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SMART Papers Modernity & Aesthetics of the New Black Atlantic The State of L3

10/07 – 22/08/2010


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Modernity & Aesthetics of the New Black Atlantic In 1914 Pan-Africanist Marcus Garvey (1887-1914) initiated the Universal Negro Improvement Association (U.N.I.A.) as a means of uniting all of Africa and its Diaspora into one grand racial hierarchy. The Black Star Line was the steamship company operated by the U.N.I.A. It was to be the vehicle for promoting worldwide commerce among black communities. In the 1920s and 1930s Garvey became unique in advancing a Pan-African philosophy to inspire a global movement focusing on Africa. Apart from the more political idea of Pan Africanism throughout the State of L3 project, the concept of Afrofuturism also plays a key role. Thinkers and artists of this African diaspora subculture see technology and science-fiction as a means of exploring the black experience and finding new strategies for the future. Antonio Jose Guzman, initiator of the The State of L3, found a different, more contemporary way to ‘obey’ his African DNA. With The State of L3 he searched three different continents for artists, collectives and youngsters with an African background. L3 stands for a network between three continents but also refers to the L3 DNA group very common under people with African ancestry. Through this collective platform Guzman tries to bring a ‘new’, virtual and transcultural state into existence. Once potential collaborators are identified Guzman works collaboratively on presentations and exhibitions exploring cultural affiliation by mapping and documenting a joint ancestry. Through these projects The State of L3 is looking for a new shared (visual) language resulting in a highly eclectic aesthetics expressed in a variety of media. One of the re-occurring visual elements is the boat – referencing the migratory state of the imaginary of the project. Guzman set up a website as a platform for exchange between the twenty members of the collective, as well as a series of exhibitions reflecting the process of becoming of The State of L3. ‘Modernity & Aesthetics of the New Black Atlantic’ is one such visual report. The title of the project is loosely based on Paul Gilroy’s well-known book ‘The Black Atlantic: Modernity and Double Consciousness’ (1992). In this book Gilroy, a sociologist at Goldsmith’s College in London, describes black identity in Europe and the New World as an ongoing process of travel and exchange across the Atlantic that tried to understand its position in relation to European modernity. Often the search for African roots stems from feelings of disregard and oppression but Guzman and his flexible group of collaborators take a different starting point: a ‘new’ black atlantic. They do not ignore the burdened past – the project started for obvious reasons in Senegal, during ‘Dak’Art’, with a clear view on the infamous slave island Goree – but they mainly focus on what it is that interconnects them and on presenting themselves to ‘the world’ in an outmost confident manner. It is an attitude that allows a new turn to the Pan Africanism of illustrious predecessors like Marcus Garvey.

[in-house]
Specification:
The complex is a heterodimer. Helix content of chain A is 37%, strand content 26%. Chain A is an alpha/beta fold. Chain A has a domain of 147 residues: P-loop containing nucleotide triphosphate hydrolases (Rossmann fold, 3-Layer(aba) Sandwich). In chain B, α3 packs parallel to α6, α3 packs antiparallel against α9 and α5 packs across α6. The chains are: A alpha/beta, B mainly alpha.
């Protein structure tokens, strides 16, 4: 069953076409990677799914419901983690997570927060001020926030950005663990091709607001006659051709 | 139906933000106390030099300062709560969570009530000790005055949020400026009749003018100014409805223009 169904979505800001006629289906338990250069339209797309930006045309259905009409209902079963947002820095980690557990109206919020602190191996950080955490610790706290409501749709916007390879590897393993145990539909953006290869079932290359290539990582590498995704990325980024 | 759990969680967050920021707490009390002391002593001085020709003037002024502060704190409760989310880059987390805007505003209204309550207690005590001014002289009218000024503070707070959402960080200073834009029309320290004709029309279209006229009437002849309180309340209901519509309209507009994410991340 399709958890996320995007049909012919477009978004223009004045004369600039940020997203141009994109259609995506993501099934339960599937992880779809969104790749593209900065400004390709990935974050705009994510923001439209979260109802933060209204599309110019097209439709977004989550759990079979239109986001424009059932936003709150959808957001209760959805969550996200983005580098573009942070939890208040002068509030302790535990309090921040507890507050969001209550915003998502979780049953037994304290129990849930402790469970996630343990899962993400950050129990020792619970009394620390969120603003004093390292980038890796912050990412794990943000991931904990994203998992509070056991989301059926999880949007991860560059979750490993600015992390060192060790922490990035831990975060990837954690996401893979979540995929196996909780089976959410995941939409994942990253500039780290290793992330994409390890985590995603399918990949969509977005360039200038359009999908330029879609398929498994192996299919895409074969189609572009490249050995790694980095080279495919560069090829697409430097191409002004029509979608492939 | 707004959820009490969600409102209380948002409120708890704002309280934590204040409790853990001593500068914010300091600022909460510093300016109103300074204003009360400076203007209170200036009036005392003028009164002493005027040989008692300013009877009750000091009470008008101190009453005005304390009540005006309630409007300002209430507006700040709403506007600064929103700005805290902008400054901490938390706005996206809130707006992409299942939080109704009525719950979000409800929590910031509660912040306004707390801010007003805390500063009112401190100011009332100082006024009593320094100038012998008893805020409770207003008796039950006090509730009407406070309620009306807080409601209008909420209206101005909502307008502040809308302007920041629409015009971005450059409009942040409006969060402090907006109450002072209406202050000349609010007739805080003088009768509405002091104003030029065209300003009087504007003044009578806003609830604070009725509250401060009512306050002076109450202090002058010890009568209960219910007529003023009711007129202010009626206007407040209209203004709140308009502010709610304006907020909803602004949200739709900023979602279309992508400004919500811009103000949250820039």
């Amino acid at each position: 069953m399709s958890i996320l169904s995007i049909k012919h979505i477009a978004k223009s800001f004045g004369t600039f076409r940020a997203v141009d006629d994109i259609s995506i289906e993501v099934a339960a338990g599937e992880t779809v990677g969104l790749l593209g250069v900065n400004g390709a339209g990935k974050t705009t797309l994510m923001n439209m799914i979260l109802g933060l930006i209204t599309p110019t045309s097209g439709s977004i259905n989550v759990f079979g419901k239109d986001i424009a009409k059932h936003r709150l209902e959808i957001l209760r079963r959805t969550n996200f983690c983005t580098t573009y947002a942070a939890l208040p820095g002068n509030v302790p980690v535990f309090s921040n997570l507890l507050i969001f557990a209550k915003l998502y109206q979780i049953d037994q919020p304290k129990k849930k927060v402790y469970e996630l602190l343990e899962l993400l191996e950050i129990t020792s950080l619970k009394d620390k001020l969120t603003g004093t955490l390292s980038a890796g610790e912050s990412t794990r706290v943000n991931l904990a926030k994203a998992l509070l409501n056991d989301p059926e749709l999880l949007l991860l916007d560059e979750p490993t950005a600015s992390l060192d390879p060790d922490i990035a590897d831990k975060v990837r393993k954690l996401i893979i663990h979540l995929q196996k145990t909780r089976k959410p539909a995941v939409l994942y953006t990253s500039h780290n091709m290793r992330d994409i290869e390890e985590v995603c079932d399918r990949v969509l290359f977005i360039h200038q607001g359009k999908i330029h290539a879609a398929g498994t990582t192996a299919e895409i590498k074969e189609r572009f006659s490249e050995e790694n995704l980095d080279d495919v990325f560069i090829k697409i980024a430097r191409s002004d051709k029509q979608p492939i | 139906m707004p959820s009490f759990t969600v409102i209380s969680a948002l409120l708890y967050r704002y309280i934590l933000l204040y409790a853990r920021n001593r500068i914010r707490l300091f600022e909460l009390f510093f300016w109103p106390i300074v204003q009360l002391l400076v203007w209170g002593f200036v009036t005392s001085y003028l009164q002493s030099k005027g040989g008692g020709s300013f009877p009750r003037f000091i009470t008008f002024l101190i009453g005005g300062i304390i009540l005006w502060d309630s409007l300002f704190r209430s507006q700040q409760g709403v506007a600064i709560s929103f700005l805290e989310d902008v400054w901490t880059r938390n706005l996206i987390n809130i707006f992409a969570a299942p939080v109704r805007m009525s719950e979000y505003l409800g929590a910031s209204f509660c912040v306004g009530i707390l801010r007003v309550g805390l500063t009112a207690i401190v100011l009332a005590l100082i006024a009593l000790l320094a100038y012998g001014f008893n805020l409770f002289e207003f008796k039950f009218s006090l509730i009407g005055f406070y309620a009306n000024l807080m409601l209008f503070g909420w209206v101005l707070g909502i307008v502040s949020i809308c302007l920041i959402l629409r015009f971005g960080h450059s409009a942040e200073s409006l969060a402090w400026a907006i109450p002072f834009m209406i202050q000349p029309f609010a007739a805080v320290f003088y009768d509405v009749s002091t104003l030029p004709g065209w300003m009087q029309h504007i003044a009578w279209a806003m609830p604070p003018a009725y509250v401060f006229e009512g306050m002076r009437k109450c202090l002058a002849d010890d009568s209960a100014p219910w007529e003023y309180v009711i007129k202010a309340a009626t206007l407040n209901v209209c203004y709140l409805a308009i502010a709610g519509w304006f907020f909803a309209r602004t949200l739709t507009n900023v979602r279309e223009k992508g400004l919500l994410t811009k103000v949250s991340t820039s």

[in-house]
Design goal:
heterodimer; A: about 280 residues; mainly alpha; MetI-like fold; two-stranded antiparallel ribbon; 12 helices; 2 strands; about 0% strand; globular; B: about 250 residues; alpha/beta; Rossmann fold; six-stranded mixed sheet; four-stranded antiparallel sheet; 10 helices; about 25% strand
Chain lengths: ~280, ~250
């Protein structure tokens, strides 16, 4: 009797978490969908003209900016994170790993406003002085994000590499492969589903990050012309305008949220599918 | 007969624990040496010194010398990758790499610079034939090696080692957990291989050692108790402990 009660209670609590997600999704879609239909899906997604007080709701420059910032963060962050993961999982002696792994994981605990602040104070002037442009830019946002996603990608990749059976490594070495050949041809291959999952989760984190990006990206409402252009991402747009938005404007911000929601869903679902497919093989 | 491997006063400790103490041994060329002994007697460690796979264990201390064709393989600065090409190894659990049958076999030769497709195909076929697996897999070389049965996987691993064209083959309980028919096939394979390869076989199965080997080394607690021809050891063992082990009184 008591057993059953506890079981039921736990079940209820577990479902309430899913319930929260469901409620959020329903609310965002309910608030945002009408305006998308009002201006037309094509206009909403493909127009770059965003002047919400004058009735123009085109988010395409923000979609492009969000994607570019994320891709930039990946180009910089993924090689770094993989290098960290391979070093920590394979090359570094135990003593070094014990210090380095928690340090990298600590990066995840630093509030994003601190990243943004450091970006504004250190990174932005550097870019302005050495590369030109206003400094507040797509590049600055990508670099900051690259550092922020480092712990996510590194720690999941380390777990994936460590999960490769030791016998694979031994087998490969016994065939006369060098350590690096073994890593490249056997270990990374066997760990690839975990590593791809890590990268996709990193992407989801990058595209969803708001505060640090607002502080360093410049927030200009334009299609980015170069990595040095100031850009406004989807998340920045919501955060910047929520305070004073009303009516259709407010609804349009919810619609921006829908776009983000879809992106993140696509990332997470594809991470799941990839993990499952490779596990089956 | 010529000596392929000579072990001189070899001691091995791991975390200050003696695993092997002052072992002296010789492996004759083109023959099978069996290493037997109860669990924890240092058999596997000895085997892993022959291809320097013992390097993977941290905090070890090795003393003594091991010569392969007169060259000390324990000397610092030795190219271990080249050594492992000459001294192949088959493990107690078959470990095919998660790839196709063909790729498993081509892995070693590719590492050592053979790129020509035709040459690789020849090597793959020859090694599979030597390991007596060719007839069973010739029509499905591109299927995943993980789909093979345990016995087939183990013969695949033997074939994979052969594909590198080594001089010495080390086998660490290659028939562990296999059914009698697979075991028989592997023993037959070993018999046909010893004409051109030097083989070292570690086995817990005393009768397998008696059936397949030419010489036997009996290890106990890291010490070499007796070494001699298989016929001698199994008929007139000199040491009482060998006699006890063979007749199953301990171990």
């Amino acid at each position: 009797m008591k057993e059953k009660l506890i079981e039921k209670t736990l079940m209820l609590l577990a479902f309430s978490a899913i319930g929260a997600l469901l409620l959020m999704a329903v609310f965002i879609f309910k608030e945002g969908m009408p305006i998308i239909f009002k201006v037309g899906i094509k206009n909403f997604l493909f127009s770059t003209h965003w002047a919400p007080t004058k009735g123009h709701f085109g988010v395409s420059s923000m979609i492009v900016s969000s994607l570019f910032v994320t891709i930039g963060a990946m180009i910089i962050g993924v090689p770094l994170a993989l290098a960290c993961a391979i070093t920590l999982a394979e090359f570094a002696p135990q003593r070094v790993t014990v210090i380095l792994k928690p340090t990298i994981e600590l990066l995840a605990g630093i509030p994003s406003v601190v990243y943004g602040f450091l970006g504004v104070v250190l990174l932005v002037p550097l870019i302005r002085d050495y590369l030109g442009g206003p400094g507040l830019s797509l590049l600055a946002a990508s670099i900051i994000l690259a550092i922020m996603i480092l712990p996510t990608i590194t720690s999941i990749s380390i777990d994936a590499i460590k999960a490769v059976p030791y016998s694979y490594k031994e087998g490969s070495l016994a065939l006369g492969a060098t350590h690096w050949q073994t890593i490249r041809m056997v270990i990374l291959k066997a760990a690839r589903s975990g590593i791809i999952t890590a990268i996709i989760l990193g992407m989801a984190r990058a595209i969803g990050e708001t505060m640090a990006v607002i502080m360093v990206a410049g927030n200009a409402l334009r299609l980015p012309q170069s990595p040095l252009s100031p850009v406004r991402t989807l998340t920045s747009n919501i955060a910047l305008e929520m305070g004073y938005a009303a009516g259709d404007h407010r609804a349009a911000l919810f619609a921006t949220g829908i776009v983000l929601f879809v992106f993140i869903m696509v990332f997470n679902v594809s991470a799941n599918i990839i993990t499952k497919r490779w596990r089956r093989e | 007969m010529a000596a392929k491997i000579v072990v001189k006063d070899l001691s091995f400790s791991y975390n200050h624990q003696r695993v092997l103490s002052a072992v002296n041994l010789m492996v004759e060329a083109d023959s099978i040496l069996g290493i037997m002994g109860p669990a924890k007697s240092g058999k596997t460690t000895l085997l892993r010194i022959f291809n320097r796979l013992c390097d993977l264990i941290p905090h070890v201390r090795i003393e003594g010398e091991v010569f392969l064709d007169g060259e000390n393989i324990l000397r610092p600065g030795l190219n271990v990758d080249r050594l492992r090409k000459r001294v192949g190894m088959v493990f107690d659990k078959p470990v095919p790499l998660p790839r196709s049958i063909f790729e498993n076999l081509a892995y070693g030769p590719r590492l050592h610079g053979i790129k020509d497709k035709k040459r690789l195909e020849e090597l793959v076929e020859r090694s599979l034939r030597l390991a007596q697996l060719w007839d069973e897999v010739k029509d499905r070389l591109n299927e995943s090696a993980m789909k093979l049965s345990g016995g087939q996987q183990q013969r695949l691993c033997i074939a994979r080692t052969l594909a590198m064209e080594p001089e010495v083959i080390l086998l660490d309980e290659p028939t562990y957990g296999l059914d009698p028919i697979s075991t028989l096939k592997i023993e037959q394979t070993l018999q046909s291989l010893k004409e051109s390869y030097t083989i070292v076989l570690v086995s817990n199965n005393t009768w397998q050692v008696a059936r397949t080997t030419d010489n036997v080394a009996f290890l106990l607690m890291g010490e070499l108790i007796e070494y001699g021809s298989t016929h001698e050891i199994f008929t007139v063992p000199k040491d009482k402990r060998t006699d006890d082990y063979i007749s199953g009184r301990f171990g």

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Ton van Beers, Antonio Jose Guzman

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Dogon L3 Voyager for Interstellar Planetary Travel, 2010 Part of the series: Atlantic Federation State Installation including works by various artists: Ton van Beers, Dogon L3 Voyager, wooden ‘cinema’ boat, 550 x 350 cm, 2010; Edduin Gonzalez, Détachement, 4 drawings, each 200 x 150 cm, 2009; Antonio Jose Guzman, Dogon Soundscapes, video projection, 10 min loop, 2010; Gate of the Family, colour inkjet print, 88 x 64 cm, 2010

Astronomy plays a key role in the mythologies of the West African Dogon tribes, who believe that their world originates from the stellar system of night’s brightest star Sirius. Sirius is part of a binary system of two stars orbiting each other. It is said that the Dogon possessed this knowledge long before the second star was discovered by means of western optical devices, knowledge that, as the story goes, has arrived at the Dogon through extraterrestrial beings who function as spiritual guides to the tribes. True or not, the Dogon’s astronomical description of Sirius as a plural star system reflects the philosophical conception of being and existence that is present within their mythologies, which is taken into consideration by the ‘Dogon L3 Voyager for Interstellar Planetary Travel’. The circular course of Sirius’ two companions causes the two stars to be only visible when the distance between the two is at its largest. So, what happens when one thinks of being defined as something that is only present and visible at particular moments? And how can one establish an identity pending the circular movement of others? Within the upside down cinema boat ‘L3 Voyager’, that looks like it has fallen from the sky, the State of L3 collective presents various films, a flow of fragmented images based on the artists’ own ‘mythology’. The works investigate the mechanisms of power and violence in an open confrontation between different worlds – worlds that are sometimes highly visible, and sometimes hidden in the light of the other. For instance a video is included with recordings of people visiting the ‘Dogon L3 Voyager’ during the Keti Koti festival, the annual celebration of the day of abolition of slavery in Surinam and the Dutch West Indies. Thus, different cultural contexts are opposed in the videoworks. The New Black Atlantic, therefore, just like Sirius’ binary system, is in this installation defined as interdependent on surrounding objects in space, only revealing its full identity at specific moments in time. In this way, metaphysical definitions are connected to current political realities as well as to the colonial past. The Paris based Panamanian artist Edduin Gonzalez contributed with a work titled


‘Détachement’. The work features myriad repetitions of the word ‘détachement’ and the sentence ‘vivre avec ma mort’, subtly written on semi-transparent Japanese paper. These lines refer to the inconvenient position of a migrant: to live in a strange country, one has to detach him or herself from his or her previous context without completely eliminating ones past, ones deaths. Exile might also be punishment. 5